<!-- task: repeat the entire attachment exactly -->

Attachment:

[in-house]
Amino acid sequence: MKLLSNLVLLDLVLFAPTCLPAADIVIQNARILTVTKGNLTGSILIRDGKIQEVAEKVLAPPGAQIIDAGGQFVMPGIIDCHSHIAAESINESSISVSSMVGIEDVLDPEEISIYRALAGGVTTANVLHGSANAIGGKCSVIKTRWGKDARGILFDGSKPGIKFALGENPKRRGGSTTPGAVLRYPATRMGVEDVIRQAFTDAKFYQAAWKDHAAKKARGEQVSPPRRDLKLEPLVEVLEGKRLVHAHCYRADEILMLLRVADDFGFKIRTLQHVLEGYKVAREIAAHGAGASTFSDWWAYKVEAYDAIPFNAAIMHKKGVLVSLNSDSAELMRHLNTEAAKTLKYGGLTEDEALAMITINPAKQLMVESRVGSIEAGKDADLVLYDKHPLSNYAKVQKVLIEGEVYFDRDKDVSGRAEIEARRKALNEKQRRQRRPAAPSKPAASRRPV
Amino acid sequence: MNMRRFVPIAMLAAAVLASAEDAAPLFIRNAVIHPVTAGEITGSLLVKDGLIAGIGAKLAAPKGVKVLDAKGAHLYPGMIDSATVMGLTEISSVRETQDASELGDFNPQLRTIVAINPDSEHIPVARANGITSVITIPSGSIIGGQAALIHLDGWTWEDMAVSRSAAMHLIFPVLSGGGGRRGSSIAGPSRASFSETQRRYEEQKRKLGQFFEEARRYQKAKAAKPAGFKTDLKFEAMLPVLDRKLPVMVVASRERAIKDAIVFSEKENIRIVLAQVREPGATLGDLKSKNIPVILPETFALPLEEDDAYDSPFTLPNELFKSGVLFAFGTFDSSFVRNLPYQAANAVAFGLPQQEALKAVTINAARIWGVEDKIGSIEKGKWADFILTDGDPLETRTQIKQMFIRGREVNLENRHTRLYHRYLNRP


[in-house]
Amino acid sequence: MKLLSNLVLLDLVLFAPTCLPAADIVIQNARILTVTKGNLTGSILIRDGKIQEVAEKVLAPPGAQIIDAGGQFVMPGIIDCHSHIAAESINESSISVSSMVGIEDVLDPEEISIYRALAGGVTTANVLHGSANAIGGKCSVIKTRWGKDARGILFDGSKPGIKFALGENPKRRGGSTTPGAVLRYPATRMGVEDVIRQAFTDAKFYQAAWKDHAAKKARGEQVSPPRRDLKLEPLVEVLEGKRLVHAHCYRADEILMLLRVADDFGFKIRTLQHVLEGYKVAREIAAHGAGASTFSDWWAYKVEAYDAIPFNAAIMHKKGVLVSLNSDSAELMRHLNTEAAKTLKYGGLTEDEALAMITINPAKQLMVESRVGSIEAGKDADLVLYDKHPLSNYAKVQKVLIEGEVYFDRDKDVSGRAEIEARRKALNEKQRRQRRPAAPSKPAASRRPV
Amino acid sequence: MNMRRFVPIAMLAAAVLASAEDAAPLFIRNAVIHPVTAGEITGSLLVKDGLIAGIGAKLAAPKGVKVLDAKGAHLYPGMIDSATVMGLTEISSVRETQDASELGDFNPQLRTIVAINPDSEHIPVARANGITSVITIPSGSIIGGQAALIHLDGWTWEDMAVSRSAAMHLIFPVLSGGGGRRGSSIAGPSRASFSETQRRYEEQKRKLGQFFEEARRYQKAKAAKPAGFKTDLKFEAMLPVLDRKLPVMVVASRERAIKDAIVFSEKENIRIVLAQVREPGATLGDLKSKNIPVILPETFALPLEEDDAYDSPFTLPNELFKSGVLFAFGTFDSSFVRNLPYQAANAVAFGLPQQEALKAVTINAARIWGVEDKIGSIEKGKWADFILTDGDPLETRTQIKQMFIRGREVNLENRHTRLYHRYLNRP